Communication seems to be key. How do you go about this?
TS: It is all important that there is an eagerness and interest to make certain experiences. Certain individuals in Okinawa clearly possess this interest. For example Jun Miyagi has his very local Okinawa background, but was always eager to learn from me what's happening in the world out there, which lead us to build a network beyond Okinawa. Jun is a key ‘translator’ in this trans-local communication process. Without his particular interest it wouldn't make much sense for me to contribute as well. Because Jun saw the need to open things up I was able to unleash my personal connections in Tokyo and overseas in order to bring people over here. The basic requirement is the interest of the people around you in order to make things happen. There are people here who want to know what's going on in the world and reflection on that goes beyond the singular project. The next step is, to link people in real terms and create opportunities via personal contacts that mutually broaden one's horizon. It is about connecting persons from Okinawa with engaged and competent people that pursue a practice that is relevant for the context in Okinawa.

It looks like you are talking about relations in and outside of a given group.
TS: Yes, this is indeed important. To a certain degree this depends also on the location. The reality in Tokyo is fairly different from Okinawa. But even in Tokyo I worked within the local context as seen in Mukojima. Many people of that neighborhood perceived and responded extremely local which can cause many problems. They are not aware of the fact that the immediate local problems they are confronted with in fact are problems that take place everywhere in Japan in similar ways. Often locals don't know how to resist and what could be done because they feel like fishes in an aquarium at the mercy of higher powers...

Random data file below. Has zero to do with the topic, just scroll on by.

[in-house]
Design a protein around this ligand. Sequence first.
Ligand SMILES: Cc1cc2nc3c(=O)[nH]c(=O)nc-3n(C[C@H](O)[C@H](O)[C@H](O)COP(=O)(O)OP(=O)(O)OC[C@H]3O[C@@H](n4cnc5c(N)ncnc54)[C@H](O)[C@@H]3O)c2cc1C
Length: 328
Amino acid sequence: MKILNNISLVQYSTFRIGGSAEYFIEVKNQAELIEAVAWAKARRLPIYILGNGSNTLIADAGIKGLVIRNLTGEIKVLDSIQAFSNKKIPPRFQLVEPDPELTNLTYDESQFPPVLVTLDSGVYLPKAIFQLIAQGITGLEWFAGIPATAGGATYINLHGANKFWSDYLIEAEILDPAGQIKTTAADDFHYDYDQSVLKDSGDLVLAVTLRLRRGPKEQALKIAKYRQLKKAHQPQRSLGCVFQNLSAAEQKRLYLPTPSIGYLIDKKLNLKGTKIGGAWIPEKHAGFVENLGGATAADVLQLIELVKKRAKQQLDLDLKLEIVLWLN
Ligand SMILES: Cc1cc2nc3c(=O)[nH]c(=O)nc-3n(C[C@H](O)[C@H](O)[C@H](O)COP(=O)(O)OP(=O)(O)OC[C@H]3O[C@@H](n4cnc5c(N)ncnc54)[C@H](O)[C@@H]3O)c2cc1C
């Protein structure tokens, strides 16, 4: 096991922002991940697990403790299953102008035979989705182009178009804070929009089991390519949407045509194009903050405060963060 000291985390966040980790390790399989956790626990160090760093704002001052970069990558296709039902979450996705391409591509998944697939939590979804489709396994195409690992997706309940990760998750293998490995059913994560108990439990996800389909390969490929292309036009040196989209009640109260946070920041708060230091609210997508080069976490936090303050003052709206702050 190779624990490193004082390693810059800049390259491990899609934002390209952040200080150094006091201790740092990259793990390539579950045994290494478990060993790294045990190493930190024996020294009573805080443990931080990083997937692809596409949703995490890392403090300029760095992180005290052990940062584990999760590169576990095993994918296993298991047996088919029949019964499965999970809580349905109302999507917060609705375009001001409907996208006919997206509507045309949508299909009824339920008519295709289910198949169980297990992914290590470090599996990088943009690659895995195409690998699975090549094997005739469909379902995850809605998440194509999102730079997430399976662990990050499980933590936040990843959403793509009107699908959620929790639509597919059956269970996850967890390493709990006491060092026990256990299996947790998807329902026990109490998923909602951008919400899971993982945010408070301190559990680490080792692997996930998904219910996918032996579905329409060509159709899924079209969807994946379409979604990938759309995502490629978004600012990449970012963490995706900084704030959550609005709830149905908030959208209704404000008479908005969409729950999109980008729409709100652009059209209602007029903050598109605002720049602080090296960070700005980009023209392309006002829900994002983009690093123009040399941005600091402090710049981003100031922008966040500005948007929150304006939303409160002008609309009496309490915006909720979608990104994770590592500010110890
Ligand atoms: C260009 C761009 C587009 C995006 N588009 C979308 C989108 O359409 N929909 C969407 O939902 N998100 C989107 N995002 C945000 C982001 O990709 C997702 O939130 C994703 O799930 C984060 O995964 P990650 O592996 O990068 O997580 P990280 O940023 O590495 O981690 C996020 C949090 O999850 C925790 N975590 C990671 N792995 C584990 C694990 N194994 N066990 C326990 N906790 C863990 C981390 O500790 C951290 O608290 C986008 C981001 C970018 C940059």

Sounds like a feeling of isolation and retreat...
TS: Yes, it is this missing competency of putting local problems and conflicts in perspective and to acknowledge that the reasons for these conflicts are on a higher level and that they can only be tackled when relating with like-minded on that higher level. We see this also in Okinawa. This issue is acute in the art world because all kind of influences enter from outside no matter if one wants that or not. The question is, how are these influences converted and processed. For example how does the cultural, the creative world respond to the ongoing situation. In the beginning I got the impression that Okinawa is extremely cut off from what's happening in the rest of the world, extremely introverted. Looking from outside at the art world of Okinawa, what is being discussed and of relevance here must appear extremely antiquated. The ongoing debate on oil painting genres and specific painting styles is exemplary. These are themes that were dealt with abroad already 30 years ago. We experience these enormous simultaneous disparities that are unhealthy. On one hand the life realities resemble Tokyo, in that we have convenience stores, malls, TV and high speed internet. On the other hand all this influx isn't being tackled and processed properly in cultural creation terms and the art world lags behind in the pre-computer age.

Is this where you see your responsibility?
TS: That's maybe a bit far fetched. The fact that I have my background and live in Okinawa inevitably brings up this challenge. Just by being here I am intuitively hooking up these different worlds. It is a given that connecting these worlds is fun and relevant to me.

Is this where you see your responsibility?
TS: That's maybe a bit far fetched. The fact that I have my background and live in Okinawa inevitably brings up this challenge. Just by being here I am intuitively hooking up these different worlds. It is a given that connecting these worlds is fun and relevant to me.